KARACHI: A day after trade statistics showed a 7% decline in exports, All Pakistan Textile Mills Association (APTMA) Chairman Tariq Saud urged Finance Minister Ishaq Dar to implement the zero-rated tax regime in letter and spirit.
The government and representatives of the textile industry agreed to resume zero-rated regime to streamline textile exports that have been declining due to domestic as well as international factors.
“It is regretful that the said agreement is being twisted by some elements, which instead of helping the smooth running of the textile industry and promoting exports, has brought it to a volatile situation,” said Saud, adding that this would lead to the collapse and imminent closure of the industry.
Dar in his budget speech 2016-17 announced that the zero-rated tax regime would be implemented for five major export-oriented sectors including textile, carpet, leather, sports goods and surgical industries from the next fiscal year.
The news was welcomed by the textile mills and other sectors that had been lobbying for the measure for years. Up until a few years ago, these sectors were exempted from numerous taxes by a zero-rated tax regime, however, the regime was called into question in a plea that argued that exporters had been selling their (tax protected) goods in the domestic market as well.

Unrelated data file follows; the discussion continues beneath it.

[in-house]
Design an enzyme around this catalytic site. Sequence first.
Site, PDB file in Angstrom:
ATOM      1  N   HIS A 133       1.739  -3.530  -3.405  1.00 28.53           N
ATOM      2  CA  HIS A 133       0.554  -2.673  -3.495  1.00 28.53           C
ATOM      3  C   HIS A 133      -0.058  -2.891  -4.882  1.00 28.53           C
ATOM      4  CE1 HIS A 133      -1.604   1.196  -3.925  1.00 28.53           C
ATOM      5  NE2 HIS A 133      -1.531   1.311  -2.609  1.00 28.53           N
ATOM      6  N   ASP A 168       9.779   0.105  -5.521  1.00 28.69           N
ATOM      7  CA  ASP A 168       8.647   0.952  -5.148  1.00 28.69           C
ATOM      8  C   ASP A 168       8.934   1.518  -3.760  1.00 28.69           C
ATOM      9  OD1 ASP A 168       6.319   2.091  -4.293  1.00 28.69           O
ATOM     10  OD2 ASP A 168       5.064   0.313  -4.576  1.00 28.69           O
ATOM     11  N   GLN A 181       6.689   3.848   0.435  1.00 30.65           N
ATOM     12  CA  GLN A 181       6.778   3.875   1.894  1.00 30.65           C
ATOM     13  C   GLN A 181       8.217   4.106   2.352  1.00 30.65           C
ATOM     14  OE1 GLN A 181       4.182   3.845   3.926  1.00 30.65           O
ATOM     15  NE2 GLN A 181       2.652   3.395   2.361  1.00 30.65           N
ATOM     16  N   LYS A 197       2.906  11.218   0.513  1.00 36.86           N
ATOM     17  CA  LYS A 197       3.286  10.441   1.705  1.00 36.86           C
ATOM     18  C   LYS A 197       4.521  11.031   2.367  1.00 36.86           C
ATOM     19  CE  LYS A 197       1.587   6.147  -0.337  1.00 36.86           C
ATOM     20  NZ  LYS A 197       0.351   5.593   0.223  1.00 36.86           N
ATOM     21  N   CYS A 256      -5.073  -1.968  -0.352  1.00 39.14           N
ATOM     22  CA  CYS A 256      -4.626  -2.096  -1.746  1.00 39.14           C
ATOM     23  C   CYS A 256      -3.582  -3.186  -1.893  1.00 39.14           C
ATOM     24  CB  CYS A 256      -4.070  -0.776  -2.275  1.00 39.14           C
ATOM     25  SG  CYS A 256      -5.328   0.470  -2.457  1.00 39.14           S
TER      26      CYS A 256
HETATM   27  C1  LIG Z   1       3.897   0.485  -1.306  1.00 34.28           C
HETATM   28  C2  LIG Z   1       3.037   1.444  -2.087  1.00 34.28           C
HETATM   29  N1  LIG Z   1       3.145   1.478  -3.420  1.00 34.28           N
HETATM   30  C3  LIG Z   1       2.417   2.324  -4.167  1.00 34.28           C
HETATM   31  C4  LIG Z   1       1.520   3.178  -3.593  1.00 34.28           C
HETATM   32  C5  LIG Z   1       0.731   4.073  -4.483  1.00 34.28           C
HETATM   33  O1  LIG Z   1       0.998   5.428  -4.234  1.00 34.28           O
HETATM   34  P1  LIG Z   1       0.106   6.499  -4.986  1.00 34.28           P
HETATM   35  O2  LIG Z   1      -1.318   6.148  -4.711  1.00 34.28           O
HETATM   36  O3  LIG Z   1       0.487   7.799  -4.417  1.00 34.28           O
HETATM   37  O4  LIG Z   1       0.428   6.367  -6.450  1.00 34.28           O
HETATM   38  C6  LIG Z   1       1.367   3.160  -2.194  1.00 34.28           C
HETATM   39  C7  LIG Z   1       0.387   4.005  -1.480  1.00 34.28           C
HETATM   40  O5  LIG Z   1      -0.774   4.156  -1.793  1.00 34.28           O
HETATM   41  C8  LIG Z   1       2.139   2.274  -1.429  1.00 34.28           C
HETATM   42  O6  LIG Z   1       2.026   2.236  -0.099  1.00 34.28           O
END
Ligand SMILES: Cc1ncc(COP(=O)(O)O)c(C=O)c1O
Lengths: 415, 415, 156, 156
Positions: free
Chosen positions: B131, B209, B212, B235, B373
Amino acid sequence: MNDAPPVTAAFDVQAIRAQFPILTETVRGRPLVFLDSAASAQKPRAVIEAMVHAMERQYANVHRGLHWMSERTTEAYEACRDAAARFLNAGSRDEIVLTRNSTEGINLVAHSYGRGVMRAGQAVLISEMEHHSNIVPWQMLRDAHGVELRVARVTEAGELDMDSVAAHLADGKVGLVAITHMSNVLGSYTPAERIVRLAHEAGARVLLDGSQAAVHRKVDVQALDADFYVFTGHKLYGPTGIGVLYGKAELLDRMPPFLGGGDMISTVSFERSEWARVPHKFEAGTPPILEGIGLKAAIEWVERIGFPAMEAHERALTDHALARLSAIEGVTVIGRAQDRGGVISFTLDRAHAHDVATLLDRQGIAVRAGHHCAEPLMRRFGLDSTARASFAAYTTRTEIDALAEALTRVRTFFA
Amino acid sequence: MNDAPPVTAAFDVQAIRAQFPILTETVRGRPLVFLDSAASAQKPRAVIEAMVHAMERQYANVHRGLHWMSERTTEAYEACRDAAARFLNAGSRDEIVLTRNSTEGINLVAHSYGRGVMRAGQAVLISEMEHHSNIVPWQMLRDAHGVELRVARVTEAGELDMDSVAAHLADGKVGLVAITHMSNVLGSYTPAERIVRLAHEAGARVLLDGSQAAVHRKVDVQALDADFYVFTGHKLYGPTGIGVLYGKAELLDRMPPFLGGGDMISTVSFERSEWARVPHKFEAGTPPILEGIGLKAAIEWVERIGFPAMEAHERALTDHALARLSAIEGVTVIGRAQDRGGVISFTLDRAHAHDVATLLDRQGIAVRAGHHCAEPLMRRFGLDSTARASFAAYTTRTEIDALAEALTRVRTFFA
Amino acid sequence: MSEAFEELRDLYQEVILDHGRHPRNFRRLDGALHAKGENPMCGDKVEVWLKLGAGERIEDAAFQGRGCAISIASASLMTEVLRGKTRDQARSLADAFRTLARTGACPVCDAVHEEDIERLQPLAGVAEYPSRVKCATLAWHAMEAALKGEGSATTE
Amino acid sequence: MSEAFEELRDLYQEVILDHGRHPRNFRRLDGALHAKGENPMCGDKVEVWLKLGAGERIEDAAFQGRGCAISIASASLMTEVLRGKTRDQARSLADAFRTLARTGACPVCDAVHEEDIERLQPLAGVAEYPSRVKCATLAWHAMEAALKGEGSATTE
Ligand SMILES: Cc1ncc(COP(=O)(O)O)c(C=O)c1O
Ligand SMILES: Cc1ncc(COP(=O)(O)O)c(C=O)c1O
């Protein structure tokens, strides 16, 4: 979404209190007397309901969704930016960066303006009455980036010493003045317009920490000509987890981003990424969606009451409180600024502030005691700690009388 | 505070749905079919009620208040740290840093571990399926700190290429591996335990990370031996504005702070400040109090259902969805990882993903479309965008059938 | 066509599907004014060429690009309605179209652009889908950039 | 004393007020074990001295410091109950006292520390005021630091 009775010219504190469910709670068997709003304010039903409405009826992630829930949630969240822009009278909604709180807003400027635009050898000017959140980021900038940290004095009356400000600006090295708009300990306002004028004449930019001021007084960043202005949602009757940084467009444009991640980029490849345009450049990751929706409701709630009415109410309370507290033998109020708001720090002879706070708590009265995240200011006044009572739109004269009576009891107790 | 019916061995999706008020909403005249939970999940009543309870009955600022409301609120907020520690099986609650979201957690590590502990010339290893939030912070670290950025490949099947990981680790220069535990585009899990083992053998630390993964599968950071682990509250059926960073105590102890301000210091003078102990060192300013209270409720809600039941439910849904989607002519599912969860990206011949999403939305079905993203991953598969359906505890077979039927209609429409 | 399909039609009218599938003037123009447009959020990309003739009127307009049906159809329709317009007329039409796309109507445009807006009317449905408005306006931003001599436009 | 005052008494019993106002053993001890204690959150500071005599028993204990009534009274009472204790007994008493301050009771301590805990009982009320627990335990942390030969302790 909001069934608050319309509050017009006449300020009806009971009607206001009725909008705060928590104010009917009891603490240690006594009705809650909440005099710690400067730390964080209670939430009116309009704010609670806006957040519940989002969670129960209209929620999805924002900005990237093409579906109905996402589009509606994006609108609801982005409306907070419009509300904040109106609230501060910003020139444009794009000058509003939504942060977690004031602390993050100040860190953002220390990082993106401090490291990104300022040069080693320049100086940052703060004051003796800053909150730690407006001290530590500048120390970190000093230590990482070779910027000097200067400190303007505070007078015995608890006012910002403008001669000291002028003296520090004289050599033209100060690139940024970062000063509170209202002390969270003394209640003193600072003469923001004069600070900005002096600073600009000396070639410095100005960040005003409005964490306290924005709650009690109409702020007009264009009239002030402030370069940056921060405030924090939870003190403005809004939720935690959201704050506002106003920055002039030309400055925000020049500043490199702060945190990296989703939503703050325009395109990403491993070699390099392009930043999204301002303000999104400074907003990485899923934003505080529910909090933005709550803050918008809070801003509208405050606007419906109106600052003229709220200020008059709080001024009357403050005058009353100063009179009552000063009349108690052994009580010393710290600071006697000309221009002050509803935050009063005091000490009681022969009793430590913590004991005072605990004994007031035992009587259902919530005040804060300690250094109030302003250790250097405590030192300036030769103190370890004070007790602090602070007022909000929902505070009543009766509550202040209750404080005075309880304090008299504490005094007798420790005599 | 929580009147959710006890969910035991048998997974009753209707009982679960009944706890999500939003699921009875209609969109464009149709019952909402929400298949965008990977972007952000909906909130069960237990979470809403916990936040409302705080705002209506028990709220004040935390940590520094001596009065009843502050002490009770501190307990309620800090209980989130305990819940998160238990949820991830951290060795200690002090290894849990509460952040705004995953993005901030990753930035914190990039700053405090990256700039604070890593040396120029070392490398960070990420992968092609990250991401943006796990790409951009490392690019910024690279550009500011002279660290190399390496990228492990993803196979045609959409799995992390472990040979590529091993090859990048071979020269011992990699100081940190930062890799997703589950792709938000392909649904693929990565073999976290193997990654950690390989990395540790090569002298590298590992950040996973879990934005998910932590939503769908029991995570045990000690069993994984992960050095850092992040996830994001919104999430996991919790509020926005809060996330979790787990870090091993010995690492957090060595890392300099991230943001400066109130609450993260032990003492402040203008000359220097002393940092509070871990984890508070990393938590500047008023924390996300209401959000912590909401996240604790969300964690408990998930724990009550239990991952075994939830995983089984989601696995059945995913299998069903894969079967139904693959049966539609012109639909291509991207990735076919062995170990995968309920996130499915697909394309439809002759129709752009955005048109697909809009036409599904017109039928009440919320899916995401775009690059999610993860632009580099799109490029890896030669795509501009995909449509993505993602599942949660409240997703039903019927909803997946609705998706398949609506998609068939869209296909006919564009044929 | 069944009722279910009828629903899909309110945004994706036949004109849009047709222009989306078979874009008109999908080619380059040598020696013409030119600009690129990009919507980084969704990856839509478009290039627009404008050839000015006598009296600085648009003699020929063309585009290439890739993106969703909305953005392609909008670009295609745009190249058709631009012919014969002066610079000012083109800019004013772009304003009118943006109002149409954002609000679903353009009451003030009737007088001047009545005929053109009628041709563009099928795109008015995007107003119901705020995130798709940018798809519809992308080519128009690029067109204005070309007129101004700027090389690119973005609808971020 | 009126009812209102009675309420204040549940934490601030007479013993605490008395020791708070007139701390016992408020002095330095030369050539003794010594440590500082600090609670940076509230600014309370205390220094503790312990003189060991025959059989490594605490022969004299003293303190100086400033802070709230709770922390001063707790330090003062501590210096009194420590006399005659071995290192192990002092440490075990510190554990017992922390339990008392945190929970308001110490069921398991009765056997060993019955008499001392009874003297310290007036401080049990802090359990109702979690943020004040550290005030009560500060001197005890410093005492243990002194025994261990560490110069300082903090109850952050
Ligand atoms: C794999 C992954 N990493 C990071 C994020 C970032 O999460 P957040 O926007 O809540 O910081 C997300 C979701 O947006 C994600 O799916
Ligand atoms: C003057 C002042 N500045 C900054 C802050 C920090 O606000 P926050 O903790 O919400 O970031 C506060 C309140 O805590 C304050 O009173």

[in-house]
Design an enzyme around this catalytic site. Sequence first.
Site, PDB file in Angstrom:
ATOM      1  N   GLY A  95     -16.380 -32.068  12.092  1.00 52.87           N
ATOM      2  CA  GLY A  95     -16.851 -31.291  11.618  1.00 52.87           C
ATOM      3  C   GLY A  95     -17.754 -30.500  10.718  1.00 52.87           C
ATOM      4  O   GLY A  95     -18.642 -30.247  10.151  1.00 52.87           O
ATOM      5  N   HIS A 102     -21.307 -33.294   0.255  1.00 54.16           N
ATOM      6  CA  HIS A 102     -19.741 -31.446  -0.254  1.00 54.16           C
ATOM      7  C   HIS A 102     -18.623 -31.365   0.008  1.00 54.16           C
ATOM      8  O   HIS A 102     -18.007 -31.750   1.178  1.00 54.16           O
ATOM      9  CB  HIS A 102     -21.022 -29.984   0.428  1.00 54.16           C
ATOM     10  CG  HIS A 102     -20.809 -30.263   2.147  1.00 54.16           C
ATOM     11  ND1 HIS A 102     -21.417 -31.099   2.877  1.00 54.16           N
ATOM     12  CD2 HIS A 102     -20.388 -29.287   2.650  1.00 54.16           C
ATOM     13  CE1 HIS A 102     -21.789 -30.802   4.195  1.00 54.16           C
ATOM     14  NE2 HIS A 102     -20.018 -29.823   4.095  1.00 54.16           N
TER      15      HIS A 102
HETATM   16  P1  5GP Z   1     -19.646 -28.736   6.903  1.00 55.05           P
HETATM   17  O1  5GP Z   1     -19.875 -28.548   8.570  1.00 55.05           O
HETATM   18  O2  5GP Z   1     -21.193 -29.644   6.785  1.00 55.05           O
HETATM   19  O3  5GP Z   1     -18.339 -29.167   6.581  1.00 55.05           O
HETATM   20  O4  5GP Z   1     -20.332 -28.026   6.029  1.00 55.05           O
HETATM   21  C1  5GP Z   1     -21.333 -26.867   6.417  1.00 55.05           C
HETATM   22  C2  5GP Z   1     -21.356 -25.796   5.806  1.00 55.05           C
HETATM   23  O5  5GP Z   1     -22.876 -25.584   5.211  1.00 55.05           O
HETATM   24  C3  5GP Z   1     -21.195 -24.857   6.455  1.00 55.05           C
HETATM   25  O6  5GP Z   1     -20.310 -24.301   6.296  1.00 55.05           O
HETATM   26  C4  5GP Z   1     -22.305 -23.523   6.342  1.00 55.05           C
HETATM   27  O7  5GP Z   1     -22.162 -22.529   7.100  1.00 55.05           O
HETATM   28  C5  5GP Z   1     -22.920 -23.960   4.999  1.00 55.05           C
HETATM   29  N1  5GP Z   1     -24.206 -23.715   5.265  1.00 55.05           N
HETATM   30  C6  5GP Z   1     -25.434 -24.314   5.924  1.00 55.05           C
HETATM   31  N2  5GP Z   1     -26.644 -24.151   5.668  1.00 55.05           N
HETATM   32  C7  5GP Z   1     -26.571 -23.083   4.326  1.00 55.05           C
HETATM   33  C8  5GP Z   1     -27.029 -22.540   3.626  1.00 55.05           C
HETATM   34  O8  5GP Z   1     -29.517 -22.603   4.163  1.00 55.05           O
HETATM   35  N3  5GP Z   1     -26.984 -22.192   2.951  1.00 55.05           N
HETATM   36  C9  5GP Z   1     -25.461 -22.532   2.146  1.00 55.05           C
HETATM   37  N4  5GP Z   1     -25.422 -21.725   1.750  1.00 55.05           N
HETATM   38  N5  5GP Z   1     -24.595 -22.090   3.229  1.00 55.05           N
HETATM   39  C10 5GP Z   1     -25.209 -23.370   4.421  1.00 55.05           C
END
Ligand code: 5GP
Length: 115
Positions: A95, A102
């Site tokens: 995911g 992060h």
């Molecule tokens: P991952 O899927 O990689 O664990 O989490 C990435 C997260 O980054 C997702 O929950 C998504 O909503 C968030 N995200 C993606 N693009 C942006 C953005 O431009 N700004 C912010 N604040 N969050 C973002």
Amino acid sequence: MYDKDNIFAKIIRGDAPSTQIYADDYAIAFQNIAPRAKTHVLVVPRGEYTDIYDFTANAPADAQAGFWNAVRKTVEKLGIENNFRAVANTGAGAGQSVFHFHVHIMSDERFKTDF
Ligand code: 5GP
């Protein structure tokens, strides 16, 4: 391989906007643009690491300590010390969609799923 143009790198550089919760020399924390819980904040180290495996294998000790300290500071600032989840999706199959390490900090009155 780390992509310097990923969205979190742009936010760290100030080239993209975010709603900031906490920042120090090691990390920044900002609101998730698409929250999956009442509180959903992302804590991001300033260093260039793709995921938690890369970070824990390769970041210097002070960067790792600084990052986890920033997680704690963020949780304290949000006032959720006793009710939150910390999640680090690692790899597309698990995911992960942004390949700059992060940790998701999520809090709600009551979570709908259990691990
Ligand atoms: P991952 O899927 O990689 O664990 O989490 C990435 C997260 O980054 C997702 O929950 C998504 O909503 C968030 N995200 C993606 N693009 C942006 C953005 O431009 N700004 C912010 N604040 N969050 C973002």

The somewhat convoluted solution was to start taxing these sectors and to offer refunds upon verification of export receipts.
However, then another problem presented itself.
These refunds were blocked by the Federal Board of Revenue (FBR); at times for more than a year, which led to a chronic liquidity crunch that severely hampered the working capital requirements of the sectors.
Keeping in mind the decline in exports, it was predicted that the zero-rated regime would be resumed.
Their confidence was further bolstered when Prime Minister Nawaz Sharif, on February 13, committed to resuming the old regime come fiscal year 2017.
But there was uncertainty up until a few days before the budget was announced because the FBR opposed the proposal.
Published in The Express Tribune, August 12th, 2016.
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